Wilhelm/Baynes: Arrogant dragon will have cause to repent.

Blofeld: A willful dragon has cause for regret.

Liu: The dragon is arrogant and will have cause to repent.

Ritsema/Karcher: Overbearing dragon possesses repenting.

Shaughnessy: Resisting dragon; there is regret.

Cleary(1): A proud dragon has regrets.

Cleary(2): At the peak, the dragon has regret.

Wu: The arrogant dragon will have regret.



Confucius/Legge: A state of fullness cannot be made to last forever. Wilhelm/Baynes: What is full cannot last. Blofeld: This signifies that not for long will his cup be full. Ritsema/Karcher: Overfilling, not permitting lasting indeed. Wu: A state of fullness may not be had for long.

The master said: "Although noble, he is not in his proper place; although exalted, there are none to acknowledge him. There are men of virtue and ability below, but he does nothing to assist them. Hence whatever he does will lead to regret."

Miscellaneous notes: When the mean is exceeded, calamity ensues. It is too late now -- the time of opportunity has passed. He only knows how to advance, but not how to retreat; he knows life, but not death; how to gain, but not how to lose. He can dish it out, but he can't take it --only the sage understands such things, but he is not a sage.

Legge: The dragon appears in the sixth line as going beyond the proper limits. The ruling-sage has gone through all the spheres in which he is called on to display his attributes, and now it is time for him to relax. The line should not always be pulled tight, the bow should not always be kept drawn. The continuous use of force will give occasion for repentance. In short, the exalted shall be abased.



Siu: There is always danger in circumstances of abundance. The inferior man pushes forward through excessive ambition, thereby losing touch with men of talent and virtue in positions below him. The ruling sage knows when to display his qualities and to relax, to maintain and to let go, to win and not to lose.

Wing: Your ambitions far exceed the possibilities of your Creative Power. If you pursue this dream you will lose touch with reality and lose contact with your community. You will no longer know how to behave appropriately and will ultimately regret your actions.

Editor: The high-flying dragon of the fifth line has gone too far and the energy which began in the unconscious depths of line number one has now become unbalanced power which is doomed to exhaustion and failure. We are reminded of the saying: "Power corrupts, and absolute power corrupts absolutely." If this is the only changing line, the hexagram becomes number forty-three, Breakthrough -- in this instance suggesting break-down into a condition of chaos. The corresponding line of that hexagram says: "Shows its subject without any helpers on whom to call. Her end will be evil." The injunction to maintain connected with the Self has been ignored, and one is left to suffer the consequences. Note however that there is an implicit qualifier in this line: it states what happens when one is arrogant: it doesn’t necessarily state that the querent is arrogant. Often the line seems to be more of a reminder about cause and effect than a fait accompli. Wilhelm/Baynes show this best: “[An] Arrogant dragon will have cause to repent.”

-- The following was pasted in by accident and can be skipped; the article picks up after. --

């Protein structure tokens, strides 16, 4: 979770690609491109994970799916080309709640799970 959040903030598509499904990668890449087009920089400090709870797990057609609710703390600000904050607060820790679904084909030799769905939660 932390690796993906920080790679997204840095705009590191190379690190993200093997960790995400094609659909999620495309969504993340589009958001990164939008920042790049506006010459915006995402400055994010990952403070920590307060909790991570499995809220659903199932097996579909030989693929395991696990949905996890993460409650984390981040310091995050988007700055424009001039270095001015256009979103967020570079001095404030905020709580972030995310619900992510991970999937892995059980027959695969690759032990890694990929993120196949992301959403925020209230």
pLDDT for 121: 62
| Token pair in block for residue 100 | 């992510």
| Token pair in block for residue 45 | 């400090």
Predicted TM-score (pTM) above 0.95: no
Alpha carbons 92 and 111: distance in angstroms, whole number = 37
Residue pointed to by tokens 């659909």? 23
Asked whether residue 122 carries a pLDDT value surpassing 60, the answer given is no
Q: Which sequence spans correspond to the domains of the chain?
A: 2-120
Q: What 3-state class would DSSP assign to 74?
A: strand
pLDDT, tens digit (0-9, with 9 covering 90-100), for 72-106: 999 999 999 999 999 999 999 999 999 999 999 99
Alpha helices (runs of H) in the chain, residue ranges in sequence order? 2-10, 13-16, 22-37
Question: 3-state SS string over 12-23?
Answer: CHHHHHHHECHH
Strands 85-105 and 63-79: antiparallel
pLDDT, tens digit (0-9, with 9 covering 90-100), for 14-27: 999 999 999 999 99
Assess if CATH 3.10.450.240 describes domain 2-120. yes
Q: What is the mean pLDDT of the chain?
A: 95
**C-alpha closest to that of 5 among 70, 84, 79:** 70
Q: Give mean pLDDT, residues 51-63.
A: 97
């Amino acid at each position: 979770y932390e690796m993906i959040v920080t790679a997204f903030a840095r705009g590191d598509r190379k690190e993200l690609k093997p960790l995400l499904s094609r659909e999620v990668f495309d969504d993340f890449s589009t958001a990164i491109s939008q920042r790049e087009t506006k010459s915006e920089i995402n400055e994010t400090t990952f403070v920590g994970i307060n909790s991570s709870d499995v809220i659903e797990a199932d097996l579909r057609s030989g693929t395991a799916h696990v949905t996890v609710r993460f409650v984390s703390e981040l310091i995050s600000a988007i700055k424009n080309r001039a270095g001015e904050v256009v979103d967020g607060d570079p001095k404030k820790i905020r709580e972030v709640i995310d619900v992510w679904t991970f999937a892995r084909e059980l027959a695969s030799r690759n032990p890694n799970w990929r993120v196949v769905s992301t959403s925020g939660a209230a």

Just as a negative inflation brings life to a standstill, so a positive inflation, causing the ego to feel itself powerful, dominant, and "always right," is likewise against life. For a person whose ego suffers from such an invasion of nonpersonal powers does not contact life directly either. Instead of facing life and its tasks realistically on the level of his actual attainments, he approaches them with the assumption that he is master.
M.E. Harding -- Psychic Energy

A. Arrogant illusions of power will destroy you.

B. Without guidance from the Self, the ego creates chaos.



Editor: If all of the lines of The Dynamic are changing, an extremely momentous situation is indicated. This and hexagram number two, The Magnetic,are the only figures in which such a configuration is commented upon; hence, these are arguably the two strongest images the oracle has to offer.

Legge: If the host of dragons thus appearing were to divest themselves of their heads, there would be good fortune.

Wilhelm/Baynes: There appears a flight of dragons without heads. Good fortune.

Blofeld: A brood of headless dragons appears; good fortune.

Ritsema/Karcher: Visualizing flocking dragons without a head.

Shaughnessy: See the flock of dragons without heads; auspicious.

Cleary(1): Having dragons appear without heads is good.

Cleary(2): Using yang, you see a group of headless dragons; this is auspicious.

Wu: There appears a group of dragons without a leader. Auspicious. [If the transformation of all the six yang (dragons) takes place together as a group without any one yang trying to lead the others, hence “without a leader,” the transformed hexagram will be The Magnetic, the pure yin hexagram. And this will be great … In terms of human affairs, the message here simply is: Do your work the best you can, but don’t think you are very much better than everyone else. When you are ready to lead, your purpose should be serving your fellow men, but not self-serving.]


Further Commentaries (from Wilhelm)

"When The Creative, the great, undergoes change in all the [lines], the world is set in order."

"When The Creative, the great, undergoes change in all the [lines], one perceives the law of heaven."

Editor: Wu’s interpretation of “head” as “leader” makes more sense than any of the other translations.

Personal Note: The very first time I ever consulted theI ChingI received The Dynamic with all changing lines. At the time I didn't understand it, and it meant nothing to me; in retrospect I see that it was a portent which has changed my entire life.

June 2, 2001; 12/10/08